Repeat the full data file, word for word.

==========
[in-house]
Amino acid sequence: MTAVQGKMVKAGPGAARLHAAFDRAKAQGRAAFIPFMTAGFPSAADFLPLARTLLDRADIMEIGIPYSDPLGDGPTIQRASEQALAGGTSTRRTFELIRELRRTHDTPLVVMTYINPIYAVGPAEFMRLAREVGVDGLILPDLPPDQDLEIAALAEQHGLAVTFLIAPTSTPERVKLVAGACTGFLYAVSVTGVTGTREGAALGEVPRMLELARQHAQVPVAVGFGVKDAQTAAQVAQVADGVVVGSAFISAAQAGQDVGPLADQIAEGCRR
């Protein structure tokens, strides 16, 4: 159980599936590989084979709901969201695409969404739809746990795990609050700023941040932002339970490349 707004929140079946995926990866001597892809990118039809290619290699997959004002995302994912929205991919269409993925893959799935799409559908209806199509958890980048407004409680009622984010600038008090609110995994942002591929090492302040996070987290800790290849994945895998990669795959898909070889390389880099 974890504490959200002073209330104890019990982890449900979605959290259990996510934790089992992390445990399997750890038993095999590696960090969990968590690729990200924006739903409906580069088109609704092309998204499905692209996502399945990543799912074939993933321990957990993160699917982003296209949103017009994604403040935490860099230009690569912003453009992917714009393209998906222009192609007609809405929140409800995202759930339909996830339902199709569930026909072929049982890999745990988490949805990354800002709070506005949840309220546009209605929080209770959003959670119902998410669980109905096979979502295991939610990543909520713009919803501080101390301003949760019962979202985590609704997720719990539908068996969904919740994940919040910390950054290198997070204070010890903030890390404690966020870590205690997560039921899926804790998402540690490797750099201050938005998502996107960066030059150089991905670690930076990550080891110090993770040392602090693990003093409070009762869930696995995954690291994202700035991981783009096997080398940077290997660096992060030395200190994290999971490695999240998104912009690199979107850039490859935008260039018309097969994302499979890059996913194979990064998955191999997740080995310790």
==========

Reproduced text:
[in-house]
Amino acid sequence: MTAVQGKMVKAGPGAARLHAAFDRAKAQGRAAFIPFMTAGFPSAADFLPLARTLLDRADIMEIGIPYSDPLGDGPTIQRASEQALAGGTSTRRTFELIRELRRTHDTPLVVMTYINPIYAVGPAEFMRLAREVGVDGLILPDLPPDQDLEIAALAEQHGLAVTFLIAPTSTPERVKLVAGACTGFLYAVSVTGVTGTREGAALGEVPRMLELARQHAQVPVAVGFGVKDAQTAAQVAQVADGVVVGSAFISAAQAGQDVGPLADQIAEGCRR
């Protein structure tokens, strides 16, 4: 159980599936590989084979709901969201695409969404739809746990795990609050700023941040932002339970490349 707004929140079946995926990866001597892809990118039809290619290699997959004002995302994912929205991919269409993925893959799935799409559908209806199509958890980048407004409680009622984010600038008090609110995994942002591929090492302040996070987290800790290849994945895998990669795959898909070889390389880099 974890504490959200002073209330104890019990982890449900979605959290259990996510934790089992992390445990399997750890038993095999590696960090969990968590690729990200924006739903409906580069088109609704092309998204499905692209996502399945990543799912074939993933321990957990993160699917982003296209949103017009994604403040935490860099230009690569912003453009992917714009393209998906222009192609007609809405929140409800995202759930339909996830339902199709569930026909072929049982890999745990988490949805990354800002709070506005949840309220546009209605929080209770959003959670119902998410669980109905096979979502295991939610990543909520713009919803501080101390301003949760019962979202985590609704997720719990539908068996969904919740994940919040910390950054290198997070204070010890903030890390404690966020870590205690997560039921899926804790998402540690490797750099201050938005998502996107960066030059150089991905670690930076990550080891110090993770040392602090693990003093409070009762869930696995995954690291994202700035991981783009096997080398940077290997660096992060030395200190994290999971490695999240998104912009690199979107850039490859935008260039018309097969994302499979890059996913194979990064998955191999997740080995310790």